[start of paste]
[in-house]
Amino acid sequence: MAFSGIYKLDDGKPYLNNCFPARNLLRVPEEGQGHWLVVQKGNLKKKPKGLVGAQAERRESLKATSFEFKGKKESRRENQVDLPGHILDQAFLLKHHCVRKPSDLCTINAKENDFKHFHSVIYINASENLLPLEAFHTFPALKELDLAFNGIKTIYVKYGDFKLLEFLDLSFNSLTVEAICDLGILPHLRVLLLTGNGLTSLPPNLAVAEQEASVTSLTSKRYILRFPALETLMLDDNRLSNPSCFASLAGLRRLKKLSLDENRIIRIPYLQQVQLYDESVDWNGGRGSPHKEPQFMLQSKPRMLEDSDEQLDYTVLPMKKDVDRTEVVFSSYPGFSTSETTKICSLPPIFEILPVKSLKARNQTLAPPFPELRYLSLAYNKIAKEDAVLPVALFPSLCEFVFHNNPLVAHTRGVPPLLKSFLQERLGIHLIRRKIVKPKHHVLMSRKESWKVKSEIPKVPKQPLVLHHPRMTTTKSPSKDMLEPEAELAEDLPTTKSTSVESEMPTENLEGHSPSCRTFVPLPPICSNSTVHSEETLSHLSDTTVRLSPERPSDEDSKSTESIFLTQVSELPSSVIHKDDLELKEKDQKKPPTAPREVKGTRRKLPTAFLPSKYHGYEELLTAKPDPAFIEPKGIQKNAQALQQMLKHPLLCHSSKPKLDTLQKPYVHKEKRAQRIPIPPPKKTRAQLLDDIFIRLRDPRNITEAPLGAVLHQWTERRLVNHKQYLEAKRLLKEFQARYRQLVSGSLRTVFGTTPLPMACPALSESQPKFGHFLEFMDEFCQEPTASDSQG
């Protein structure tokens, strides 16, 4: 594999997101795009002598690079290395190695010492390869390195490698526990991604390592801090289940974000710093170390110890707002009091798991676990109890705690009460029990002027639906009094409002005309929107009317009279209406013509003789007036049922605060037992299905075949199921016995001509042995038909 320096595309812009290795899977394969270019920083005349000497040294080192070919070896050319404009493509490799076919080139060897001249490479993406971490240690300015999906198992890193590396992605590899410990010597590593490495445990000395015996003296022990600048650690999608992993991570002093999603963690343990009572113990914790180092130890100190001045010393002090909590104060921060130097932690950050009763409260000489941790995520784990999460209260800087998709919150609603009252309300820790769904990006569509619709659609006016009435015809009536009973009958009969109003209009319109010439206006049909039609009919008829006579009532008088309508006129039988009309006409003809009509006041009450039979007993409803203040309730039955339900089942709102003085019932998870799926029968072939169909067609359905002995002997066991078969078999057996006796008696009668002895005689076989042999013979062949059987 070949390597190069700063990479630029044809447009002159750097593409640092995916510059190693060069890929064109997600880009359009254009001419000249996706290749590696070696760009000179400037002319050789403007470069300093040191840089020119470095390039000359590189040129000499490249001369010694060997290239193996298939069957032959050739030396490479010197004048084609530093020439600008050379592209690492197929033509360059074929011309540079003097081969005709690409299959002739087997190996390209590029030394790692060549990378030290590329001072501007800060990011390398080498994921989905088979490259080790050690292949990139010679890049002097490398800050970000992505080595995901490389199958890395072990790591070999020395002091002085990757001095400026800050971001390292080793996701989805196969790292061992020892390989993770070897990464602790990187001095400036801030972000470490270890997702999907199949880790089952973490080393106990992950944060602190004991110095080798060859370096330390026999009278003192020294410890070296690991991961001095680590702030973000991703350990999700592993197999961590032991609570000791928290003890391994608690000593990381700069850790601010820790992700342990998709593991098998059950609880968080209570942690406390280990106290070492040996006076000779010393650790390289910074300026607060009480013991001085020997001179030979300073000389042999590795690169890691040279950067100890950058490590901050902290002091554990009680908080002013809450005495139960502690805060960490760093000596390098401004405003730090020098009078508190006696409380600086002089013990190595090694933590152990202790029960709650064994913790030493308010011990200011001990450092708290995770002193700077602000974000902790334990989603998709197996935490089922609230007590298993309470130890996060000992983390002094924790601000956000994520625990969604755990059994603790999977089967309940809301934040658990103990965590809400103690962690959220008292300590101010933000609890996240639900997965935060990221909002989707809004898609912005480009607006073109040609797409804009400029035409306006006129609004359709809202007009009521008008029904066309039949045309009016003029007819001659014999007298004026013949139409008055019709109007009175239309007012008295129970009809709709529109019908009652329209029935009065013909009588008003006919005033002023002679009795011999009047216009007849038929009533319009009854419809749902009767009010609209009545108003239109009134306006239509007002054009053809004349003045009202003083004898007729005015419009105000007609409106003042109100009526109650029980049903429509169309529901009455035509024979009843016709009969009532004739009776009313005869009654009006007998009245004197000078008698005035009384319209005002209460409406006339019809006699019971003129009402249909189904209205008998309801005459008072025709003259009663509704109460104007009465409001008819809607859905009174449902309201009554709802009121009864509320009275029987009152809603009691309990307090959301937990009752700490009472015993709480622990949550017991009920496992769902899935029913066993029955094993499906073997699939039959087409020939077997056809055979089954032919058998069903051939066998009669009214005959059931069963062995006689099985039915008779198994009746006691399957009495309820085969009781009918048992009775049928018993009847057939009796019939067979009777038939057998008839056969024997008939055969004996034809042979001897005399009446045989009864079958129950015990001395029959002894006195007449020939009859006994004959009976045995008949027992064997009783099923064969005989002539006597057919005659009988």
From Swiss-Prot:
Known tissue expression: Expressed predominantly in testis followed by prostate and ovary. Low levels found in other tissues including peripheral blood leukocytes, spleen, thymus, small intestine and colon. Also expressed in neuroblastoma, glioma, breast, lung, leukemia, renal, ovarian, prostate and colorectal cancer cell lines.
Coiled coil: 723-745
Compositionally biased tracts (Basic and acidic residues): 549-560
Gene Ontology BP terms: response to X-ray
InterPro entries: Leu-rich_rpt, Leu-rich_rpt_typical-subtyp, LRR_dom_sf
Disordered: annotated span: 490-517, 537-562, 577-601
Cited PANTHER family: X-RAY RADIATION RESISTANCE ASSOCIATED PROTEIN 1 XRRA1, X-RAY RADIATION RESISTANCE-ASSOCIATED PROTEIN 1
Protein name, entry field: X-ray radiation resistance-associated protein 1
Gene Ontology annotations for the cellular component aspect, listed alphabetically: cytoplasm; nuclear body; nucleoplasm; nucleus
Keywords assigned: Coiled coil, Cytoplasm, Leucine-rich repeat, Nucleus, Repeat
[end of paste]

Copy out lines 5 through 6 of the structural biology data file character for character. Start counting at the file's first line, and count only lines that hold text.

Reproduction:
Known tissue expression: Expressed predominantly in testis followed by prostate and ovary. Low levels found in other tissues including peripheral blood leukocytes, spleen, thymus, small intestine and colon. Also expressed in neuroblastoma, glioma, breast, lung, leukemia, renal, ovarian, prostate and colorectal cancer cell lines.
Coiled coil: 723-745